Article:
It’s hard to expect much improvement from that unit in 2019. In fact, they’re almost certainly not going to repeat that level of dominance. So when I write that I expect the Bears to improve in 2019 and be one of the top Super Bowl contenders, that must mean I expect it to happen because of the offense.

Unlike the defense, there is plenty of room for improvement on that side of the ball. Chicago had a pretty mediocre offense in 2018. They finished:

  • 21st in yards per game
  • 20th in yards per play
  • 9th in points per game
  • 20th in Football Outsiders’ DVOA rankings, an all-encompassing metric intended to evaluate an entire unit.

Outside of points per game – which was likely aided by all the turnovers and defensive touchdowns – the offense was pretty consistently below average in most important metrics. So why am I so confident the offense will improve next year, even though they probably won’t be making many significant personnel changes?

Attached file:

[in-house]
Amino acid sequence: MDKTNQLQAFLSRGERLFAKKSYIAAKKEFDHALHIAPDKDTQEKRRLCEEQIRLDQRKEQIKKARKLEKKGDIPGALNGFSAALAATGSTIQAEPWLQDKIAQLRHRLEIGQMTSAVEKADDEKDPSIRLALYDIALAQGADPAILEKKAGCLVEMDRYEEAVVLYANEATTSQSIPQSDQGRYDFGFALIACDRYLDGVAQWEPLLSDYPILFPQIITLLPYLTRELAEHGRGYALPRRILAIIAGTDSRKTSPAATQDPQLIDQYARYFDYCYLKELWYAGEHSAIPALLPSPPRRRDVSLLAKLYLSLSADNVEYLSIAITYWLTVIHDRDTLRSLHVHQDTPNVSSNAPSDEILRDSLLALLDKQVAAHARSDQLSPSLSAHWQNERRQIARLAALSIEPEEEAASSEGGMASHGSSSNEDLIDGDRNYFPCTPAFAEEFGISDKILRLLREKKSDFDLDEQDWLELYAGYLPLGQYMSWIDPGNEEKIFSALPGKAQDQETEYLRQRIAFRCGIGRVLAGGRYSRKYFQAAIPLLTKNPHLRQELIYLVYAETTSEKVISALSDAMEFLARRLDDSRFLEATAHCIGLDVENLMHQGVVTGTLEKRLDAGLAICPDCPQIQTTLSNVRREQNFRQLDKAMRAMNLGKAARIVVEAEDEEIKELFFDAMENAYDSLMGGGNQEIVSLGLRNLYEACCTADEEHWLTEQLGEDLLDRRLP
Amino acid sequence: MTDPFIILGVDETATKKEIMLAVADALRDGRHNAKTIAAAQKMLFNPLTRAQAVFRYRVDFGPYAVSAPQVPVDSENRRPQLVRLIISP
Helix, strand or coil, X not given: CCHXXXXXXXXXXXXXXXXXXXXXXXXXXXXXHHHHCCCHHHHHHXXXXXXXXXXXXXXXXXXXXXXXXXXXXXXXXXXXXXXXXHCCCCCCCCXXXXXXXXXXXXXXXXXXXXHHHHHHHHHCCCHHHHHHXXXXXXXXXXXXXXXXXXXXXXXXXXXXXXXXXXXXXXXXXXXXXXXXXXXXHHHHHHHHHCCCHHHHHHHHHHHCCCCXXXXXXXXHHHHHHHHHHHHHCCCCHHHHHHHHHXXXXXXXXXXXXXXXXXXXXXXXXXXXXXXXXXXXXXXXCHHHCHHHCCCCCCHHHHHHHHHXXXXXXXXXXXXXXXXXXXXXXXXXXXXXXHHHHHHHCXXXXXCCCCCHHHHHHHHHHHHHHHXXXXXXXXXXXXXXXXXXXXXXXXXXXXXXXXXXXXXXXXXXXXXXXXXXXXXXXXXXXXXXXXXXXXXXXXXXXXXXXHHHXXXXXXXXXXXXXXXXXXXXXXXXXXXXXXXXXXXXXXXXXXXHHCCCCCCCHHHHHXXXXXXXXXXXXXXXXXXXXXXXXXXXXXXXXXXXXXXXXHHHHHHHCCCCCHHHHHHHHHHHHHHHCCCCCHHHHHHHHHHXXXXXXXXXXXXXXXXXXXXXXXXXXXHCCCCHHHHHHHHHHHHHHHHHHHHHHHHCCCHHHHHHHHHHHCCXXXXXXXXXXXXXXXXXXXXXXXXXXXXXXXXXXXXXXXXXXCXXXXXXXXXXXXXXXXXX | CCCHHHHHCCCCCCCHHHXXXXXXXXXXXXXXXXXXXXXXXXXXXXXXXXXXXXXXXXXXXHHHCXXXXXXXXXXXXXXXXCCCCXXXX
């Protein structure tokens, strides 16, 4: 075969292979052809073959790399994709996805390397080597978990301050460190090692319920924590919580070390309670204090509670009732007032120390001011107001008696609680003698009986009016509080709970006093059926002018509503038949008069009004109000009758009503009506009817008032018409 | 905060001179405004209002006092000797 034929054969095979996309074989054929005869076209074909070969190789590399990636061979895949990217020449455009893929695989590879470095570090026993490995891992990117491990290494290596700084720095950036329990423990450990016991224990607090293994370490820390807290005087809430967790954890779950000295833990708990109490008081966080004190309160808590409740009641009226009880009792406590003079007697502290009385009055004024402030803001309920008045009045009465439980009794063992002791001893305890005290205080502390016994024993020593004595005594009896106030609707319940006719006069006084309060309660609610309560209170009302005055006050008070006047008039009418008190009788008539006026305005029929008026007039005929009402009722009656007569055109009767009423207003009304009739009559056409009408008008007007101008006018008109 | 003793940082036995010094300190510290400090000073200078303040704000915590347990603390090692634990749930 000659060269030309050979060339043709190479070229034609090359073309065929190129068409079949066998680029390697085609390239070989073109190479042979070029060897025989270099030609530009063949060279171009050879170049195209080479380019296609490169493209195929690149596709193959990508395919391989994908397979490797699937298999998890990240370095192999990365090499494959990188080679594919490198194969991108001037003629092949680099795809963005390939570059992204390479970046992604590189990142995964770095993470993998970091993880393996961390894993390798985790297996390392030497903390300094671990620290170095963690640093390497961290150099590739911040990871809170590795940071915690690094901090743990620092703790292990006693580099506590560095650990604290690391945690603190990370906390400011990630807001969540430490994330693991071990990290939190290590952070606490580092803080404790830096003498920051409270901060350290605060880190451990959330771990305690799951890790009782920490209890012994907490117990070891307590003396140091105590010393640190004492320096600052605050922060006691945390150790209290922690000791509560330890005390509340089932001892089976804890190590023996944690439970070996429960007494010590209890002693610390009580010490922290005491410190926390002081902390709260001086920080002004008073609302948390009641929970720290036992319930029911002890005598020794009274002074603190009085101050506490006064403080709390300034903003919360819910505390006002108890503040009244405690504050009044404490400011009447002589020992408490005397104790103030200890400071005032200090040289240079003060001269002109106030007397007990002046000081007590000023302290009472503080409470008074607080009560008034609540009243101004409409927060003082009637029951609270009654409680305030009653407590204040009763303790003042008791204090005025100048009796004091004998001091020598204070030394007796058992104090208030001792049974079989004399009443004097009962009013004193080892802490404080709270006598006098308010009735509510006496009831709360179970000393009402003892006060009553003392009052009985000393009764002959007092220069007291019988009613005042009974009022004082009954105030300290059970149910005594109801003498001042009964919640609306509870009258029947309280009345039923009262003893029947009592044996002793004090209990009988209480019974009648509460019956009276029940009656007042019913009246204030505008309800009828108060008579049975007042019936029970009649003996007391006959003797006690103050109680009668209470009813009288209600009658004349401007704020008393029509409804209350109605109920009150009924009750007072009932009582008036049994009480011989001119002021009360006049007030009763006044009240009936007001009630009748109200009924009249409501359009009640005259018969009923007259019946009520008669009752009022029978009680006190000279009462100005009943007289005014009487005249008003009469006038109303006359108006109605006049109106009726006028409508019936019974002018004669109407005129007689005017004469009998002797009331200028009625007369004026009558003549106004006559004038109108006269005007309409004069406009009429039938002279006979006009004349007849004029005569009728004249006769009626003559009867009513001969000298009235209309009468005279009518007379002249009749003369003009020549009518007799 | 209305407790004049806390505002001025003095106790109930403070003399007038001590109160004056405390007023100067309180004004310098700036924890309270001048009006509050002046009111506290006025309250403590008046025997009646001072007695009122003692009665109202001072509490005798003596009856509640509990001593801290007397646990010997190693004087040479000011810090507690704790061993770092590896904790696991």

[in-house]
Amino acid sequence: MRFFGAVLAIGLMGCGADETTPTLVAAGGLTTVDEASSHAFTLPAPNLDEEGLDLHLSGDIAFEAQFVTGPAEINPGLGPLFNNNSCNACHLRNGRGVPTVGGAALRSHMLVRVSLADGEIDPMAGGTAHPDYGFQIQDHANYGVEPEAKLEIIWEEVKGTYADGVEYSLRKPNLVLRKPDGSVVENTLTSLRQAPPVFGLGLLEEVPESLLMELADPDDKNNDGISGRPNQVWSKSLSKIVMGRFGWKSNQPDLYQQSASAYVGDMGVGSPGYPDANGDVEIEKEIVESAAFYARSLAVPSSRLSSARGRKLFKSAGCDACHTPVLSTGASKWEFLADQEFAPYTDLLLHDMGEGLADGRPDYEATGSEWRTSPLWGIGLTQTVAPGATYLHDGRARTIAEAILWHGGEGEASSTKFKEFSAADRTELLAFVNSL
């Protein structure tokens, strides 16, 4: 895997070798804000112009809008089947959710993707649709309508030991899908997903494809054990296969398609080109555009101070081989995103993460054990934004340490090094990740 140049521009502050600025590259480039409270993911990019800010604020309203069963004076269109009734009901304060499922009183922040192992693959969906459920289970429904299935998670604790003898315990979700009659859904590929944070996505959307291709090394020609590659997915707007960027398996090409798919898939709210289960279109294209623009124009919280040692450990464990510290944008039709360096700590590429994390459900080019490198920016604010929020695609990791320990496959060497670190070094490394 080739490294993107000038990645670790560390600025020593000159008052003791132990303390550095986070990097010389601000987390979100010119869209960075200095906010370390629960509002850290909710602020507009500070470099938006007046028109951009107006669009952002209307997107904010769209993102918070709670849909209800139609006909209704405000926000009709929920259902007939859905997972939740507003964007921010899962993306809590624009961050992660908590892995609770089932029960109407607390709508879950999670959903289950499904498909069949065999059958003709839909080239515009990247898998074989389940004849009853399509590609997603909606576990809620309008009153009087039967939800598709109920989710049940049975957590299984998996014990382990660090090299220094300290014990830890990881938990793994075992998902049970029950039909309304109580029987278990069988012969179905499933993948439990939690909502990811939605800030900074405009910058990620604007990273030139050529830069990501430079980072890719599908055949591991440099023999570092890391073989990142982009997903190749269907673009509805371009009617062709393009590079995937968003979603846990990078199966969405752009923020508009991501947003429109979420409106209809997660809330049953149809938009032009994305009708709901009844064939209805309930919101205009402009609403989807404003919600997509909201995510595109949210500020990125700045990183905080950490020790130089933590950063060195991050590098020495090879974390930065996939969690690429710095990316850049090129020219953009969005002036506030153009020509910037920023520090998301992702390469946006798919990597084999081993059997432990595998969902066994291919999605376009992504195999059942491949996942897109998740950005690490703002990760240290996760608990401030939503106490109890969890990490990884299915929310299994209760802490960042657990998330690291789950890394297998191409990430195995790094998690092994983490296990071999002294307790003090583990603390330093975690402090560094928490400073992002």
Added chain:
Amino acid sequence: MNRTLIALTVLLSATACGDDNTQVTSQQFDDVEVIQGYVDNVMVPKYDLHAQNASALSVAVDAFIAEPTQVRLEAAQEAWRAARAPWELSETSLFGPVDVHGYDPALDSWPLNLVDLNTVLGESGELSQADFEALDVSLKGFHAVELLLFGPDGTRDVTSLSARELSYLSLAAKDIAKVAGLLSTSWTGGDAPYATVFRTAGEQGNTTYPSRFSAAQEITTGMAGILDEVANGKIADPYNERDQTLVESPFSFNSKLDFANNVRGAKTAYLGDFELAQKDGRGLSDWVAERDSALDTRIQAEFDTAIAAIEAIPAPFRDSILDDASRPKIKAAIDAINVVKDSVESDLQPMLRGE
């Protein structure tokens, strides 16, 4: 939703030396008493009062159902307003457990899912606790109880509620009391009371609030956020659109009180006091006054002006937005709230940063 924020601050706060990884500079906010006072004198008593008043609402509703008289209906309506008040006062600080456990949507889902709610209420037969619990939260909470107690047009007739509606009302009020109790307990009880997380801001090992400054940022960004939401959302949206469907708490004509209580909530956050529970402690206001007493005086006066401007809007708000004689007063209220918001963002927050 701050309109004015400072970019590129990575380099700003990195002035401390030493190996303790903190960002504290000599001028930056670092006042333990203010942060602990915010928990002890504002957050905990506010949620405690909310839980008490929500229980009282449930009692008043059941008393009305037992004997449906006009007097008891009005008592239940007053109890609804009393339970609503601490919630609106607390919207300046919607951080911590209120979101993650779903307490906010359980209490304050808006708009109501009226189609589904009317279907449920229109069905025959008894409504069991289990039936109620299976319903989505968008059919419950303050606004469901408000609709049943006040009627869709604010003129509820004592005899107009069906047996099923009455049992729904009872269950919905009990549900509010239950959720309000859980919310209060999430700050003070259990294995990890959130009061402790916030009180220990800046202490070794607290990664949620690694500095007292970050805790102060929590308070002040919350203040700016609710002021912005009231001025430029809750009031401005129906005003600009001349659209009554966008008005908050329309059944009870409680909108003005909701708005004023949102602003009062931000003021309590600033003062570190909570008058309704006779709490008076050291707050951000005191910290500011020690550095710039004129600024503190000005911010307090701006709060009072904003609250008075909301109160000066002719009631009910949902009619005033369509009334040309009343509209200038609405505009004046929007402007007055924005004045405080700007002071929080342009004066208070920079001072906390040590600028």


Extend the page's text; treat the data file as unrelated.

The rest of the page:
To put it simply: NFL history strongly suggests that significant improvement is coming.

Read More …

Tagged: , , , , ,

162 Comments

Friday Audibles: Response to Data, Aerobics Video, Title Game Picks & More!

| January 18th, 2019

Data Entries: A Response

Data has done a tremendous job over the past two days breaking down the cap situation facing the Bears this off-season. But I disagree with some of his conclusions, primarily a single point.